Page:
He was born in Islington, London and first educated first at University College School and King's College School, then at Queen's College, Oxford. He obtained a first class in Moderations (1860) and in the final classical schools (1862), and became fellow of Exeter College, Oxford (1863), reader in Greek (1883), Regius Professor of Greek (1893–1908), and Student of Christ Church. He received honorary degrees from various universities, and was elected corresponding member of the Prussian Academy of Sciences.
He is chiefly known for his editions of Greek philosophical works: Heracliti Ephesii Reliquiae (1877); Prisciani Lydi quae extant (edited for the Berlin Academy in the Supplementum Aristotelicum, 1886); Aristotle, Ethica Nicomachea (1890), De Arte Poetica (1898); Contributions to the Textual Criticism of the Nicomachean Ethics (1892).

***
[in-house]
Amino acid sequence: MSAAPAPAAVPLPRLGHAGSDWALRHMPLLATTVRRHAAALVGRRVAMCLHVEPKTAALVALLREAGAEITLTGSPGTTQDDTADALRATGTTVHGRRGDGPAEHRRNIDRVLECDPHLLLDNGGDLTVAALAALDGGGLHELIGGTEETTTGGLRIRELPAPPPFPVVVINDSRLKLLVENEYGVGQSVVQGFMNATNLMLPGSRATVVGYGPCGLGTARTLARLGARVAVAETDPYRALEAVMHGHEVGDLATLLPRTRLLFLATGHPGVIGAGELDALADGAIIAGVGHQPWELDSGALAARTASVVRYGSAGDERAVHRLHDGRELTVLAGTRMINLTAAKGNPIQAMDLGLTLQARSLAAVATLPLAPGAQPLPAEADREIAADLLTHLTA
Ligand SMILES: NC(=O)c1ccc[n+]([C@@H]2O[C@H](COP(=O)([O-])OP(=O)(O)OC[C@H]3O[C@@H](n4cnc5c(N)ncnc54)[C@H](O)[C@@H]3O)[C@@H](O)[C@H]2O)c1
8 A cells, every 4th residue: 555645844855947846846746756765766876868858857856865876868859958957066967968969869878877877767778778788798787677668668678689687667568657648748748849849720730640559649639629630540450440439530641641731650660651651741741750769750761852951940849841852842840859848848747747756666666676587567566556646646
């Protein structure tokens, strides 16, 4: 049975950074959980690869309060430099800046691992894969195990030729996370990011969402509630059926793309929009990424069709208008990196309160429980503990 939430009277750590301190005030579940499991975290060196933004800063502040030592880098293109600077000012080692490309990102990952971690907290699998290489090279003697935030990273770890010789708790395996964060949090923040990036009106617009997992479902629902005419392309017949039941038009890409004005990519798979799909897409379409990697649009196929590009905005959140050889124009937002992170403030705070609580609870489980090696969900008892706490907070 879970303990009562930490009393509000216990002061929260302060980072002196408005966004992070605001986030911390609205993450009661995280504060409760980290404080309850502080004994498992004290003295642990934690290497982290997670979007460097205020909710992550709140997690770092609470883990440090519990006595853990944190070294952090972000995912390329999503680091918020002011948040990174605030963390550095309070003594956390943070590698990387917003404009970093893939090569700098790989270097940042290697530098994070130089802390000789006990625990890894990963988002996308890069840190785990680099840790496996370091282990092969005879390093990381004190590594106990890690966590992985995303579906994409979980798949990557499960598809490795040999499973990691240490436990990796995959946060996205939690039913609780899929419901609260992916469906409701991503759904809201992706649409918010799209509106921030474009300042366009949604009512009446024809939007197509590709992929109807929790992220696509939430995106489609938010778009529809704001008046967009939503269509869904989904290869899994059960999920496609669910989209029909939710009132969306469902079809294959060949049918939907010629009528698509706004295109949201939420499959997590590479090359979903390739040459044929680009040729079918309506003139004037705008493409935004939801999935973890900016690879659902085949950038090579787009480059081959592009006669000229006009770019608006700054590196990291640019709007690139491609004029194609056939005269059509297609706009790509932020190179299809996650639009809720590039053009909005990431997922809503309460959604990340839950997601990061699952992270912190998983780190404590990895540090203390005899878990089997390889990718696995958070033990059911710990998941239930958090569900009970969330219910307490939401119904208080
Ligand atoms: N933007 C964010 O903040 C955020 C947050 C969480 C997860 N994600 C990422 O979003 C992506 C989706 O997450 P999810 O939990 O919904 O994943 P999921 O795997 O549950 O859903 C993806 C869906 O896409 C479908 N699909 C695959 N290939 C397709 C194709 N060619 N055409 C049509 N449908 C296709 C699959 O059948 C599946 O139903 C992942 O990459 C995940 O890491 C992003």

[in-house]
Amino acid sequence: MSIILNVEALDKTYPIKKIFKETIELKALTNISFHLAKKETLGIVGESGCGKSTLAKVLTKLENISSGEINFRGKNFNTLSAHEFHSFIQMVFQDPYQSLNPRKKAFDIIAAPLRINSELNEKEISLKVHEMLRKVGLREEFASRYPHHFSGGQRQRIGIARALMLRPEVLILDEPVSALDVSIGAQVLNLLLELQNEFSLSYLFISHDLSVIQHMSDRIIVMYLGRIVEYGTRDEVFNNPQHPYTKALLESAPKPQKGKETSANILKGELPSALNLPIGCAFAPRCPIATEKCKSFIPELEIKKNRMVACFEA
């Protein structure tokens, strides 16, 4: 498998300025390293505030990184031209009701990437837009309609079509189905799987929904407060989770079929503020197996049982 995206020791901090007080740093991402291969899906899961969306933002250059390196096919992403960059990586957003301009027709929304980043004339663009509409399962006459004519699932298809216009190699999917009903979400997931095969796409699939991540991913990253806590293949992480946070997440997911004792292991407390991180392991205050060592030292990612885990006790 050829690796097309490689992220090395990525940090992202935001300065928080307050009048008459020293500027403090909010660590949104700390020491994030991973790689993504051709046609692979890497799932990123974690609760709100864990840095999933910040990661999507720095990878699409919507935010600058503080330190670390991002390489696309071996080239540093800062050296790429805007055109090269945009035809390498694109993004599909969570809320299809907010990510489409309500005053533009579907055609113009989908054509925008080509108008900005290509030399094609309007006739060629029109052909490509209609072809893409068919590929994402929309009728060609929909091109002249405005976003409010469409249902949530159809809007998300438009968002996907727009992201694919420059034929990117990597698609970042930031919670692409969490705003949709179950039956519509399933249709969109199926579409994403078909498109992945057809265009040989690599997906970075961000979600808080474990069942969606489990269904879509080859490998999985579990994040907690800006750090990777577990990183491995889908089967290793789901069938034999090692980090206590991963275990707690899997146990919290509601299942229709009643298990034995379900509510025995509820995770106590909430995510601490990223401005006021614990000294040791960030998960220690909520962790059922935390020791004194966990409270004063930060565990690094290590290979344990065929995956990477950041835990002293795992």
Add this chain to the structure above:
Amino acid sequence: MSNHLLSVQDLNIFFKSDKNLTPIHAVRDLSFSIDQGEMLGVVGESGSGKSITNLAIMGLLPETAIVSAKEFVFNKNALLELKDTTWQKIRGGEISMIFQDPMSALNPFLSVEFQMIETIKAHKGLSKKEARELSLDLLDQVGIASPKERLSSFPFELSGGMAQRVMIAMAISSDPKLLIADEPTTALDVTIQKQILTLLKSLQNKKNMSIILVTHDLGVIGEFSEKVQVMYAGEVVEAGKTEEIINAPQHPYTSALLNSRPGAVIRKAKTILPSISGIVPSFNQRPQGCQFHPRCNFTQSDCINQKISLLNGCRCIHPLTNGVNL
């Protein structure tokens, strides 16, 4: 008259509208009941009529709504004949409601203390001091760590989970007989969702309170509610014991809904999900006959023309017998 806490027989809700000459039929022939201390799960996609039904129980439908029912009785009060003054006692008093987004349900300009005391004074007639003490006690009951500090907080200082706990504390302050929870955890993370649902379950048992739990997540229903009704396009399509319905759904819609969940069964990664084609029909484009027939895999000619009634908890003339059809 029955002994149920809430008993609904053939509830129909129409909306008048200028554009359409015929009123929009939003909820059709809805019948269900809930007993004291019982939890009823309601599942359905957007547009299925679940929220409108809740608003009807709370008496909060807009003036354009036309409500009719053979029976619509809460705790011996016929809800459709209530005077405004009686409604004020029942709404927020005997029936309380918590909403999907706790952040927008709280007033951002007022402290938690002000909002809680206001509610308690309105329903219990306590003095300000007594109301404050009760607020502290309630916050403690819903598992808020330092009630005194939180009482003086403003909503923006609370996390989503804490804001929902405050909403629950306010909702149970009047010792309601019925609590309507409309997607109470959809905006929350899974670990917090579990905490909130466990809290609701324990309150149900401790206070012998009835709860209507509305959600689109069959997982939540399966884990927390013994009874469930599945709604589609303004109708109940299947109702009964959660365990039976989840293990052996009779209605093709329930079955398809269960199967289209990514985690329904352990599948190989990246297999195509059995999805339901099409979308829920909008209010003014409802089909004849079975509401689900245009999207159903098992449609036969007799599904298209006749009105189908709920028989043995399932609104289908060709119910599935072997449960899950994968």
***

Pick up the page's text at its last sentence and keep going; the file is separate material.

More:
Bywater was associated with the Oxford Aristotelian Society from its inception in the early 1880s and remained its principal guiding force until his retirement in 1908. Here he would discuss with scholars such as J.A. Smith, Harold Joachim, and W.D. (later Sir David) Ross the minutiae of Aristotelian philology, textual criticism, and translation. The Society's discussions led to the full translation of Aristotle's works, first under the joint editorship of J.A. Smith and W.D. Ross and later under Ross as sole editor, between 1912 and 1954.
|Wikisource has the text of the 1911 Encyclopædia Britannica article Bywater, Ingram.|